In the new ranking of the largest cross-border economies in Europe, Germany ranks in the lower middle field, together with the other large e-commerce economies France and Great Britain. The list also offers a few surprises.
81 percent of online sales in Luxembourg are generated abroad. Consumers primarily order on large German and French platforms.
The largest online economies in Europe (i.e. the UK, Germany, France, Spain and Italy), on the other hand, naturally tend to be found in the lower ranks in the cross-border ranking; however, the market researchers have identified changed dynamics here. The cross-border market share in Italy has risen from 30 to 35.4 percent within a year. The market share of cross-border trade has also increased in Germany: 26 percent of German foreign sales are now generated abroad.
The UK and the Netherlands bring up the rear
On the other hand, international online trade in Great Britain has slumped: Due to Brexit, cross-border sales in the UK shrank by 12 percent to 29 billion euros, causing the nation to fall 10 places in the ranking to the penultimate place.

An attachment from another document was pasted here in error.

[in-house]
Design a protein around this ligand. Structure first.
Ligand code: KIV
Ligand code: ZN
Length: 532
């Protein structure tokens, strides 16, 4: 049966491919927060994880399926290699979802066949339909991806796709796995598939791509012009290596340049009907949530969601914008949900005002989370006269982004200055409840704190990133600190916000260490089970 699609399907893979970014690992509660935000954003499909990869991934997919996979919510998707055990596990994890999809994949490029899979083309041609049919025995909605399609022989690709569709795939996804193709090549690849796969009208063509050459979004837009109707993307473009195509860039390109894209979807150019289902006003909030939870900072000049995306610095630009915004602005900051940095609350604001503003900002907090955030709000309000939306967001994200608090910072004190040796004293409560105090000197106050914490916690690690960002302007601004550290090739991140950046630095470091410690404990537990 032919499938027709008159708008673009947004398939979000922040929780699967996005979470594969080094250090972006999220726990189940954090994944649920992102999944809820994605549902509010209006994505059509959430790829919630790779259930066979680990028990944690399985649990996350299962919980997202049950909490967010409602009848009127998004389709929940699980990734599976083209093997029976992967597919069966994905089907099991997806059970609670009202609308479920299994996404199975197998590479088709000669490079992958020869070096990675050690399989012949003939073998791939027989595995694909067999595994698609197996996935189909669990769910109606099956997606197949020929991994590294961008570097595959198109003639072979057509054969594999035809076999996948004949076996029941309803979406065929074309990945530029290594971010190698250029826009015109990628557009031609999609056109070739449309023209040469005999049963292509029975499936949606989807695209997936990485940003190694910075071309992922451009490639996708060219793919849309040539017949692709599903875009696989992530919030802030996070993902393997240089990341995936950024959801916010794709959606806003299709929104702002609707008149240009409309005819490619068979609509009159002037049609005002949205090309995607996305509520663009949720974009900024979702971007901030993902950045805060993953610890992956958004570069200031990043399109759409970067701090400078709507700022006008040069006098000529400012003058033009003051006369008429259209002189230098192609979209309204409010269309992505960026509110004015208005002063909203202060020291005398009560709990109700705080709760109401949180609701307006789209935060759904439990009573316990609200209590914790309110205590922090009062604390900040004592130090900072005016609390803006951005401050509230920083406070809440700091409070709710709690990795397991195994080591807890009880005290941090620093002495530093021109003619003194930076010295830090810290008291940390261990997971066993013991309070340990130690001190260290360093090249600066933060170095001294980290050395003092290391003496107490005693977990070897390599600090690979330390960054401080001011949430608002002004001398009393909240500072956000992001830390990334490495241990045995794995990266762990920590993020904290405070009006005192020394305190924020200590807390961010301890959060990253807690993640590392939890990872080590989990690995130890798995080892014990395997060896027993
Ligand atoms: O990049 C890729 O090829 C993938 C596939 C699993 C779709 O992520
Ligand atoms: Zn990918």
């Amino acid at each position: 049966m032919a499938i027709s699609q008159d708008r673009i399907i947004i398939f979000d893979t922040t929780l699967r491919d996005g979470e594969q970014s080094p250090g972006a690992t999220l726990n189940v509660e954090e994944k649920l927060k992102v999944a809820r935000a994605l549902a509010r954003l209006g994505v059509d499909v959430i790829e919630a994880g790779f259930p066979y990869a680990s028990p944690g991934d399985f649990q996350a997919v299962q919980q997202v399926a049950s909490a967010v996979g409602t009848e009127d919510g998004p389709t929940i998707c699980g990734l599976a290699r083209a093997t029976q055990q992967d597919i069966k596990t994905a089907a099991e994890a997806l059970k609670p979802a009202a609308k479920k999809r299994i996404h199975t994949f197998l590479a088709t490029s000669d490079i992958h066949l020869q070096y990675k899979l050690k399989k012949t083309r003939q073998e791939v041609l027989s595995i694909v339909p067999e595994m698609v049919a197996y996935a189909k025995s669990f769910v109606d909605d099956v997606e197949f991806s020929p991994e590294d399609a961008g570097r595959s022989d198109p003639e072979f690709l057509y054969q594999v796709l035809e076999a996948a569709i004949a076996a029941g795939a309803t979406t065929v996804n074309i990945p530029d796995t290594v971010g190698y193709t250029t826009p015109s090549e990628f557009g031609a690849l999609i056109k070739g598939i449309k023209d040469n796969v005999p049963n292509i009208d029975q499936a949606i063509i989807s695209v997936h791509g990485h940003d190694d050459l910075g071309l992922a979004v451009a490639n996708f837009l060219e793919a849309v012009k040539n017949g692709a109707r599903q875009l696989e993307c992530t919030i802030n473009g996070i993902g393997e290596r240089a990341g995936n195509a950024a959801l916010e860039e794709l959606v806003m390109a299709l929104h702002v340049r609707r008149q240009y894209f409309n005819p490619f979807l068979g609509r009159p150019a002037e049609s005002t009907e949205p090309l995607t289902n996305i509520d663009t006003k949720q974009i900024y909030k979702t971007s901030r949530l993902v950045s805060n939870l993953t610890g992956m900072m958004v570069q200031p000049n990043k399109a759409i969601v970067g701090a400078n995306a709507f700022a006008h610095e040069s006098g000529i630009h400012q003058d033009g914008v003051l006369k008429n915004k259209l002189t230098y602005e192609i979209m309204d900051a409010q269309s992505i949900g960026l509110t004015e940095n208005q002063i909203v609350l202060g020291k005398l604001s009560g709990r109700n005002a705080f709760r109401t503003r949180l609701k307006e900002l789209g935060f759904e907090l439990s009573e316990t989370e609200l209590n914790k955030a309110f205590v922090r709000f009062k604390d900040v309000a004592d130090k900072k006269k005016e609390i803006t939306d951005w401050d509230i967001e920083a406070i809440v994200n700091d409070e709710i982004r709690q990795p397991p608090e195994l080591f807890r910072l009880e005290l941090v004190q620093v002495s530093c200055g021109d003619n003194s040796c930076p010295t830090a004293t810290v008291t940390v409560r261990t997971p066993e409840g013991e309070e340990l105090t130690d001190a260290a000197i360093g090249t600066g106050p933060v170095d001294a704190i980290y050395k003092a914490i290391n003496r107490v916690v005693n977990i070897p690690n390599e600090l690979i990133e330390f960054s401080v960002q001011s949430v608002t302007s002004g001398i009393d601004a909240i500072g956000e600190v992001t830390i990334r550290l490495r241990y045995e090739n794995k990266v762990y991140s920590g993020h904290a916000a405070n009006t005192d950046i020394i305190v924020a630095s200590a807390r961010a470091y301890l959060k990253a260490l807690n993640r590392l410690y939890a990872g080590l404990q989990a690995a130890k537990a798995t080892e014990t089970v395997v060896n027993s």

However, the biggest cross-border grouches in Europe are still the Netherlands. There, just under 16 percent of online sales are generated abroad; instead, the Dutch prefer to buy on strong domestic platforms such as Bolc.om, Coolblue or Wehkamp.
Platforms determine international trade
Overall, the entire cross-border online trade in the EU (excluding the travel segment) generated sales of 171 billion euros in 2021, which corresponds to an increase of 17 percent compared to the previous year. 44 percent of cross-border sales are processed via online marketplaces.
Apart from international players such as Amazon and eBay, the most important platforms come from Germany: Zalando, the platforms of the Schwarz Group and About You are among the most important cross-border platforms in Europe. A total of 112 cross-border shops in the top 500 come from Germany.